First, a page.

About 27,000 more Kansans lost health coverage during the first eight months of this year because of job losses, bringing the total number of uninsured adults in the state to 293,000.
The average unemployment rate rose from 4.4 percent in 2008 to 6.6 percent between January and August of this year.
According to Families USA, a national organization for health care consumers, 62 percent of Americans under age 65 get their health coverage through a job — their own or a relative’s.
Therefore, job loss often means loss of health coverage because the government COBRA plan, which allows workers to retain insurance for 18 months after losing a job, and individual plans are simply too expensive, especially when coupled with less income.
Need for reform
Ron Pollack, executive director of Families USA, said this is why health care reform needs to be adopted. It will provide people who are unemployed more — and less expensive — options.
“The uninsured are less likely to get the care that they need when they need it, and they may face a financial catastrophe when medical bills start to pile up,” Pollack said.
Nationally, the unemployment rate rose from 5.8 percent in 2008 to 8.9 percent this year, adding about 4 million adults to the uninsured list.
Families USA now estimates that about 50 million Americans have no health insurance. In Kansas, the total number of uninsured is estimated at 340,000 with 13,000 in Douglas County.
Families USA released the numbers Tuesday in a report — “One-Two Punch: Unemployed and Uninsured” — based on a model created by economists at The Urban Institute.
Pollack outlined some ways health care reform could help the unemployed gain coverage:
l He said all of the health care reform bills increase the eligibility level for Medicaid on a national level. So anyone with an income below 133 percent of the federal poverty level will be eligible for Medicaid. For a family of four, that is roughly $29,300 annually. He said Congress is aware that they can’t fund the program the way it is now.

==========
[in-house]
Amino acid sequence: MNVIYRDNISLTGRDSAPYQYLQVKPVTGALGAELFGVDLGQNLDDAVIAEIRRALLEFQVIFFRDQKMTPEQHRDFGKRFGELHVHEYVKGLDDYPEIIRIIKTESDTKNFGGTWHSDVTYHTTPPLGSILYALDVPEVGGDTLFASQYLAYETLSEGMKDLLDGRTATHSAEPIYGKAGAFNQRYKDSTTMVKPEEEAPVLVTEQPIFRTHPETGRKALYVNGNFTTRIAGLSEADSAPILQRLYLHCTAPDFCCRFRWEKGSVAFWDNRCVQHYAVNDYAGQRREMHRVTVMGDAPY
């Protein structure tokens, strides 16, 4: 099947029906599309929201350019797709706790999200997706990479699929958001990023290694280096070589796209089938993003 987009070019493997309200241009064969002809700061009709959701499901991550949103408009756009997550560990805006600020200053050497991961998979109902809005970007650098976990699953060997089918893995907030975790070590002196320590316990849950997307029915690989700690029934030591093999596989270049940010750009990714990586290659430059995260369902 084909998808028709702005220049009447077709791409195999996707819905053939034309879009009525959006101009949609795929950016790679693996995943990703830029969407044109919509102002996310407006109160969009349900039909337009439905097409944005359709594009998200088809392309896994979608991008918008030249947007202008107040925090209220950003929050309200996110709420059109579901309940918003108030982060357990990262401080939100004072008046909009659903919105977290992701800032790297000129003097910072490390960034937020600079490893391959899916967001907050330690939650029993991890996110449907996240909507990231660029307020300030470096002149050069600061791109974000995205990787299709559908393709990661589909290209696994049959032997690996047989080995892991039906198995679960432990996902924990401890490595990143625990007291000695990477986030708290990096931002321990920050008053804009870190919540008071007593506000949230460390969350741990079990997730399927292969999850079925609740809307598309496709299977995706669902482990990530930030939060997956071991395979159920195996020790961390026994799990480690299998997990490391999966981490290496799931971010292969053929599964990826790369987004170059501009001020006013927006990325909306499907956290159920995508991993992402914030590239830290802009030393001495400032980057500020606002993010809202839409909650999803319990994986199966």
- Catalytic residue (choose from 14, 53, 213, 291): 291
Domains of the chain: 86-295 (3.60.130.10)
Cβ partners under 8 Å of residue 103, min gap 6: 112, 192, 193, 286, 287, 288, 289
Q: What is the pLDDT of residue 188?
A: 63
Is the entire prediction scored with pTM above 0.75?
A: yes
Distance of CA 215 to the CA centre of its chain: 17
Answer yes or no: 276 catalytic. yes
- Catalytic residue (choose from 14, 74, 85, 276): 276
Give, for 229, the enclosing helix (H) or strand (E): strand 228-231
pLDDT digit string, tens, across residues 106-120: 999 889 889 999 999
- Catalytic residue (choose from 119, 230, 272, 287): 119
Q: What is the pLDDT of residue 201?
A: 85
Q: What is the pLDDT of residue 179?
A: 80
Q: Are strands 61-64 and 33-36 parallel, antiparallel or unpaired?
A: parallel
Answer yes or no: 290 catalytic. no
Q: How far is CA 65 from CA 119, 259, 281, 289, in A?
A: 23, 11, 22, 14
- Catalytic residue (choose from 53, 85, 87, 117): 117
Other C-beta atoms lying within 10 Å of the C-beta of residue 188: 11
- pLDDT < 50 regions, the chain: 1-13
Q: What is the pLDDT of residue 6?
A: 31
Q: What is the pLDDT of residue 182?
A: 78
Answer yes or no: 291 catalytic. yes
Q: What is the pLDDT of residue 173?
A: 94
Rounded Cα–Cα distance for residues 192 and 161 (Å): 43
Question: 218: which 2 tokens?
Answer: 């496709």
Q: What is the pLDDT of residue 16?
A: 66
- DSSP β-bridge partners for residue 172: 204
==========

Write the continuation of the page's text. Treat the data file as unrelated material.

Currently, the federal government pays about 56 percent of the costs and states pick up the rest.
“The federal government is going to have to kick in considerably higher dollars than they do in the current Medicaid program,” Pollack said. “That certainly is going to happen, and my hope is that ultimately the federal government will pick up 100 percent of the costs. Right now, it looks like it will be in the high 90 percent in terms of the portion that they will pick up.”
• People with incomes between 133 percent of the poverty level and 400 percent — which is $88,200 annually for a family of four — could access coverage through a new marketplace called an exchange. He said people also could qualify for a sliding scale subsidy.
• The health reform bills include limits on out-of-pocket costs.
• The bills include measures so companies can no longer deny health coverage based on pre-existing conditions or charge a discriminatory premium based on such a condition. They also won’t be able to put an annual or lifetime cap on what insurance pays for health costs.
Issue hits home
Jerry Kemberling, 63, Lawrence, knows all too well the importance of health care reform.
He lost his job at Sauer-Danfoss in February, and he’s had trouble finding a job and health coverage.
He said the COBRA program was too expensive. It was going to cost him and his 62-year-old wife, who doesn’t work, $1,039 a month.
They looked at private health insurance, but it also was pricey.
“They were wanting $1,504 per month. So it’s just their polite way of getting out of an age discrimination situation — just pricing you out of the market. It’s a rotten deal.”
Luckily the American Recovery and Reinvestment Act approved in mid-February has allowed Kemberling to continue COBRA at $368 a month through the end of the year.
He fears he might become uninsured unless he finds a job with health benefits. He is taking 15 hours of college courses.
“You are basically told that you don’t count for nothing in society,” Kemberling said. “Congress had better step up to the plate and take charge of this situation because there are too many people in this country now who are being affected by this. It’s time that they do something with health care for the average person.”